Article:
modest; but he knows his own value, and has quite a
right to say what he says :
"' I haven't a spot on me! Goodness of material
ought to be appreciated. I am of real silk, and have
strings to me.'
'-On the wedding day, but no longer : you don't
keep your colour in the wash.' This is Mr. Pipe-head
who is speaking. Mr. de Boots is water-tight, of strong
In the Nursery.
leather, and yet very delicate; he can creak, and clank
with his spurs, and has an Italian physiognomy-''"
"But they ought to speak in verses," said Anna,
"for I 've heard that's the most charming way of all."
They can do that, too," replied grandpapa; and
if the public demands it, they will talk in that way.
Just look at little Miss Glove, how she's pointing her
"'Could I but have my love,
Who then so happy as Glove!
If I from him must part,
I'm sure 'twill break my heart "
That last word was spoken by Mr. Pipe-head; and
now it's Mr. Waistcoat's turn
0 Glove, my own dear,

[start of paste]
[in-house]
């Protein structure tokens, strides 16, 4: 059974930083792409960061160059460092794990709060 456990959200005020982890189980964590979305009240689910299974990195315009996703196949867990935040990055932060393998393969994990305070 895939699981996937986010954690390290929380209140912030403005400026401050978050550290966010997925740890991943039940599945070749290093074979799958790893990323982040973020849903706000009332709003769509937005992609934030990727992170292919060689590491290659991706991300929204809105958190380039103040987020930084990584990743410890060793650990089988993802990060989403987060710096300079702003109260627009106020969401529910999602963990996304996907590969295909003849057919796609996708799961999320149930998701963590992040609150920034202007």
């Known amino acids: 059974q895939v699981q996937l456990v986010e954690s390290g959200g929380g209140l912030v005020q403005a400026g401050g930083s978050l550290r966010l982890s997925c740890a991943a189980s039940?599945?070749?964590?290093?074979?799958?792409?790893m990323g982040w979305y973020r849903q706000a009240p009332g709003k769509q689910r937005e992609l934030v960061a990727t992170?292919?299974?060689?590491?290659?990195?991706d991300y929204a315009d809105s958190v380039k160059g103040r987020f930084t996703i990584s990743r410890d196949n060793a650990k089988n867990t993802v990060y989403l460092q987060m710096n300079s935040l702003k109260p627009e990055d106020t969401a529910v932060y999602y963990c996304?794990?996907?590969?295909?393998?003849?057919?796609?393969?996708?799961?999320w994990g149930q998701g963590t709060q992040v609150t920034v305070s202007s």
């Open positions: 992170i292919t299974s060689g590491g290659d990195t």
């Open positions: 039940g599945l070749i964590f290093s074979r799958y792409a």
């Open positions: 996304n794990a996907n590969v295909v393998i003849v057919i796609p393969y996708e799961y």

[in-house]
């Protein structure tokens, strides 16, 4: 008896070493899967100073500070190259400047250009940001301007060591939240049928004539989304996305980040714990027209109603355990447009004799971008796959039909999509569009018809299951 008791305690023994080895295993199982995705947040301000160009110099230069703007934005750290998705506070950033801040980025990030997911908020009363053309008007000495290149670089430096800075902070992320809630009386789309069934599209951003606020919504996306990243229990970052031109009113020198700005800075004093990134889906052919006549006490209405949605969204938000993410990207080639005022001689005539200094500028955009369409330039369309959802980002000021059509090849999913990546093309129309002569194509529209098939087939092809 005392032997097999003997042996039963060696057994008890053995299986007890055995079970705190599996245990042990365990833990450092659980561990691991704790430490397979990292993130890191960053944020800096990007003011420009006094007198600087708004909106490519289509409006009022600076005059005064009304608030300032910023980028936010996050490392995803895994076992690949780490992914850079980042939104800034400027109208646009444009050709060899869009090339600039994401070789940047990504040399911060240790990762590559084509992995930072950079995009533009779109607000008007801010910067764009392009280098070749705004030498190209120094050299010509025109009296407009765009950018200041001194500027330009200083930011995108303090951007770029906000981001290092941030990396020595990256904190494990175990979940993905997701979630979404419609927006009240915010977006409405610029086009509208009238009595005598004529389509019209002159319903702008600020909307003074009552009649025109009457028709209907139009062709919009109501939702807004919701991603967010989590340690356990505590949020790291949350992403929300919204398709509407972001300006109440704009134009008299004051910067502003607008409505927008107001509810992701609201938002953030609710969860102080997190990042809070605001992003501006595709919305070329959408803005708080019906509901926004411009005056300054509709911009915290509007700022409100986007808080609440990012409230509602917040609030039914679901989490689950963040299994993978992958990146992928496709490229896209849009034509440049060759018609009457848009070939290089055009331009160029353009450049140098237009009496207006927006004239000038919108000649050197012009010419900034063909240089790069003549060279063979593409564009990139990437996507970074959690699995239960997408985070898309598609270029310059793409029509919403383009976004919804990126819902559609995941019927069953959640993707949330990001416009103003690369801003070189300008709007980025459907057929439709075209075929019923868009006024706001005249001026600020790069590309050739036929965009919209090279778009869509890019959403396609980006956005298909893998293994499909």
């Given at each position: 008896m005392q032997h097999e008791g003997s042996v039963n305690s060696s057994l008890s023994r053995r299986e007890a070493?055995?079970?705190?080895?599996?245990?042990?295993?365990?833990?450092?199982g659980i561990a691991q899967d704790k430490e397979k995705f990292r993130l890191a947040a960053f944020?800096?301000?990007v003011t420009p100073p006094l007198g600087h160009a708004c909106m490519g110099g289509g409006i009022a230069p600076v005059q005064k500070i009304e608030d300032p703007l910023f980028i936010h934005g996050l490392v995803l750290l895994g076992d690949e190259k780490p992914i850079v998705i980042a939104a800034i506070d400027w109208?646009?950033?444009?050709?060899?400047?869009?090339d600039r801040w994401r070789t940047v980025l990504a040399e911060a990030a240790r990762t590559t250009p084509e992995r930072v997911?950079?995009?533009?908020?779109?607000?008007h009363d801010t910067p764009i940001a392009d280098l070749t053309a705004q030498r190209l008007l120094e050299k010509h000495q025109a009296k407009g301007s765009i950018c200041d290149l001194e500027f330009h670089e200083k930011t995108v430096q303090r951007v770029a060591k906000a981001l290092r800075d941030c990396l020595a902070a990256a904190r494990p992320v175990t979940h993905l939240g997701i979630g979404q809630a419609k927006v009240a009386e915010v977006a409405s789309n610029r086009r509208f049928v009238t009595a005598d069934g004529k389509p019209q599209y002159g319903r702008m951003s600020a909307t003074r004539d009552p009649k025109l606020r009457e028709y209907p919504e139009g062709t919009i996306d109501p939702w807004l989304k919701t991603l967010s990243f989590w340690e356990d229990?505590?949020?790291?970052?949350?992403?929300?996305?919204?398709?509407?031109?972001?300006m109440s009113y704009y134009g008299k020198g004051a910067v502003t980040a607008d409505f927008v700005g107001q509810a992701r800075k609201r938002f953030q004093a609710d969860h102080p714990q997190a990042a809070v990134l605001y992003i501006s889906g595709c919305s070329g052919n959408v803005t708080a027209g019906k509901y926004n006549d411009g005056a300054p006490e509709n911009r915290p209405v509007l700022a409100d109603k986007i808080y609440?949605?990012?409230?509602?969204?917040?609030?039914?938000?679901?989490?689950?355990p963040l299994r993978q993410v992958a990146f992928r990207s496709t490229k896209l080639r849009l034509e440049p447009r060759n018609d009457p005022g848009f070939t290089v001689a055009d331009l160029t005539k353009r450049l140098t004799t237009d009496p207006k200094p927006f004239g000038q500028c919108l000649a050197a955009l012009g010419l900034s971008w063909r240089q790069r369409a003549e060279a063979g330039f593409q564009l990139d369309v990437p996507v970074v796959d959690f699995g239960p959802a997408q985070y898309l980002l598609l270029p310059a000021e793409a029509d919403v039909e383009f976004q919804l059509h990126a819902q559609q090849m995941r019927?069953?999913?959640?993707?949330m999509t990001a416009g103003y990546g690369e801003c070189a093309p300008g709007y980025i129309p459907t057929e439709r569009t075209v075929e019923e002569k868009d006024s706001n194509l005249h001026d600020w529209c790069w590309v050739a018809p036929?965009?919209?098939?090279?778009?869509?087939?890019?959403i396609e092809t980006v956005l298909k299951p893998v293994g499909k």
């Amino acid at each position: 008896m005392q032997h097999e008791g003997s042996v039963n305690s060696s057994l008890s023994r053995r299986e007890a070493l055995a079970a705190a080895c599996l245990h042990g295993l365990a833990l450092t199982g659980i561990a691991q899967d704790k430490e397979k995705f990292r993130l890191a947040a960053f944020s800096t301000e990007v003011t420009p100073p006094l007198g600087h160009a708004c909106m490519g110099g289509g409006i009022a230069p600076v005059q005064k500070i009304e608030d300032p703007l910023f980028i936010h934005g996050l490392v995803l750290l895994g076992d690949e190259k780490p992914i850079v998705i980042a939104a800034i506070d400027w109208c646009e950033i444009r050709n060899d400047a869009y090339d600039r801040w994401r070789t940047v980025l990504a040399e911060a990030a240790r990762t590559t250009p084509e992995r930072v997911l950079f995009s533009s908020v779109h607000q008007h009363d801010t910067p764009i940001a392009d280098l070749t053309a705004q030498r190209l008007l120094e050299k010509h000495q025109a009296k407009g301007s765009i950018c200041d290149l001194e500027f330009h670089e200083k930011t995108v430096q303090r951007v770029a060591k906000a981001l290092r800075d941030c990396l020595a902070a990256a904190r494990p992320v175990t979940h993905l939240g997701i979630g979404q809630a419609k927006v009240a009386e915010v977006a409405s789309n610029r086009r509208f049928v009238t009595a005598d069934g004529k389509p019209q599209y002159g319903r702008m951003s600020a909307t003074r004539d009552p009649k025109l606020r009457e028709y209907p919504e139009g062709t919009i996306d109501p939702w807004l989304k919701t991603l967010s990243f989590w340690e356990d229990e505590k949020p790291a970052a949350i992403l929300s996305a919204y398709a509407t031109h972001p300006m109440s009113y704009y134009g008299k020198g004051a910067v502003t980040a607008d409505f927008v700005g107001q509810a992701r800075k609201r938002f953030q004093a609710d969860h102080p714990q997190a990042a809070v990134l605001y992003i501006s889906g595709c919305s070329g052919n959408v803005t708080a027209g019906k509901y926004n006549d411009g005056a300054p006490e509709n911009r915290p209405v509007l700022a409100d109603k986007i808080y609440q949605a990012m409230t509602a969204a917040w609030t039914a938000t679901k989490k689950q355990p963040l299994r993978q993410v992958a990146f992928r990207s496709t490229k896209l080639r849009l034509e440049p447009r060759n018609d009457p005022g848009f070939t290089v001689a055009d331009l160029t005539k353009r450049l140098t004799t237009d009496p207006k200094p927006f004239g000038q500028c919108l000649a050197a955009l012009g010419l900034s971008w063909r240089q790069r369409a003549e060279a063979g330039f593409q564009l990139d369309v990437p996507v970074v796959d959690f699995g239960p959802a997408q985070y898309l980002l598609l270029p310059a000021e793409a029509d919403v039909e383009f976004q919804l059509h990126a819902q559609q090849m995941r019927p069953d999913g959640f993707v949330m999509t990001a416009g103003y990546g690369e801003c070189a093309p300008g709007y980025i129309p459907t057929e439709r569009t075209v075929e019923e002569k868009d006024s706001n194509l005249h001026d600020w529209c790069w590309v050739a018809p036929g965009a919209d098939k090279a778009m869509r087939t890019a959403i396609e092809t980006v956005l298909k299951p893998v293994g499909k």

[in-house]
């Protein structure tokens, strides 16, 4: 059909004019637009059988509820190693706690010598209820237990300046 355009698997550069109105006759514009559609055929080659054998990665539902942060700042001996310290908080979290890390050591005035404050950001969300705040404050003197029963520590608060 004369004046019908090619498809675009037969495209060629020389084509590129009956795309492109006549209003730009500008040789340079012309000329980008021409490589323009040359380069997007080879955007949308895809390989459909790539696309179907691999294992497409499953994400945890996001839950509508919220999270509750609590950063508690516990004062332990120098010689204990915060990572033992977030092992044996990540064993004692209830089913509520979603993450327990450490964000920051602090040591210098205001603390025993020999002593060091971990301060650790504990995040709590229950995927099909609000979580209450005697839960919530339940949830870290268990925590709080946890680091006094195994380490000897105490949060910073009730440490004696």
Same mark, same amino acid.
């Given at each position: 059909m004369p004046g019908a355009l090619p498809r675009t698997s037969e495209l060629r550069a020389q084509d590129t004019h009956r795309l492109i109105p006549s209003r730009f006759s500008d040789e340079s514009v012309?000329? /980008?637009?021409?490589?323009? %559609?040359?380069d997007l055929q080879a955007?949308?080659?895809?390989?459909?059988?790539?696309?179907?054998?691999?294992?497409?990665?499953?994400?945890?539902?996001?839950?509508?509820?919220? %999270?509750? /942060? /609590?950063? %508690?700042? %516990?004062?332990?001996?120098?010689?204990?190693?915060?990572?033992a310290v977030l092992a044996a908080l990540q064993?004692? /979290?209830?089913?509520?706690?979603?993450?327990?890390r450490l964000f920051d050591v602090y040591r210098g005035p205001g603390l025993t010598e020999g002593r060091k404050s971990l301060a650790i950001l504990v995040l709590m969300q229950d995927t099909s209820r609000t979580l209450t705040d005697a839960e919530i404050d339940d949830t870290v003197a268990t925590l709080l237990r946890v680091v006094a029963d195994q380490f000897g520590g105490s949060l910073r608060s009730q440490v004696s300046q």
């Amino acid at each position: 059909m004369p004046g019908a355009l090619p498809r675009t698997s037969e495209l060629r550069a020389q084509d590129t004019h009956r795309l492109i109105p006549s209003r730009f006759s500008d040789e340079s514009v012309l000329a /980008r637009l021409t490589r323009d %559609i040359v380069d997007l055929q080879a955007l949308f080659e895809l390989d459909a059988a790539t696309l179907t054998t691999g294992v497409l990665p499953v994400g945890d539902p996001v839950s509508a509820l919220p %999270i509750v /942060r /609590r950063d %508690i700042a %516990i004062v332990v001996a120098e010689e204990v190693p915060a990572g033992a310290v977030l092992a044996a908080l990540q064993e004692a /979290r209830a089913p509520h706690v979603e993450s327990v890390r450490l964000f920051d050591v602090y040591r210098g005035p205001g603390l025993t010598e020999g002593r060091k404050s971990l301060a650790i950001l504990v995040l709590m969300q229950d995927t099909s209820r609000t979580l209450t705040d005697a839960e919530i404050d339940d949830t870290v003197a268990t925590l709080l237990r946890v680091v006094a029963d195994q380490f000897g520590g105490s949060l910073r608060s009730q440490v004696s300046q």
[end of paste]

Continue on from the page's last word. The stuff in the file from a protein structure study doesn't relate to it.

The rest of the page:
Though it cost thee a tear,
Thou must be mine,
For Holger Danske has sworn it!'
." Mr. de Boots, hearing this, kicks up, jingles his
spurs, and knocks down three of the side scenes."
"That's exceedingly charming !" cried little Anna.
In the Nursery, 25
"Silence! silence!" said grandpapa. "Silent appro-
bation will show that you are the educated public in
the stalls. Now Miss Glove sings her great song with
"'I can't see, heigho!
And therefore I '11 crow!
Kikkeriki, in the lofty hall!'
"Now comes the exciting part, little Anna. This is
the most important part in all the play. Mr. Waist-
coat undoes himself, and addresses his speech to you,
that you may applaud ; but leave it alone,-that's con-
sidered more genteel.
"' I am driven to extremities Take care of your-
self Now comes the plot You are the Pipe-head,
and I am the good head-snap there you go !'
"Do you notice this, little Anna?" said grandpapa.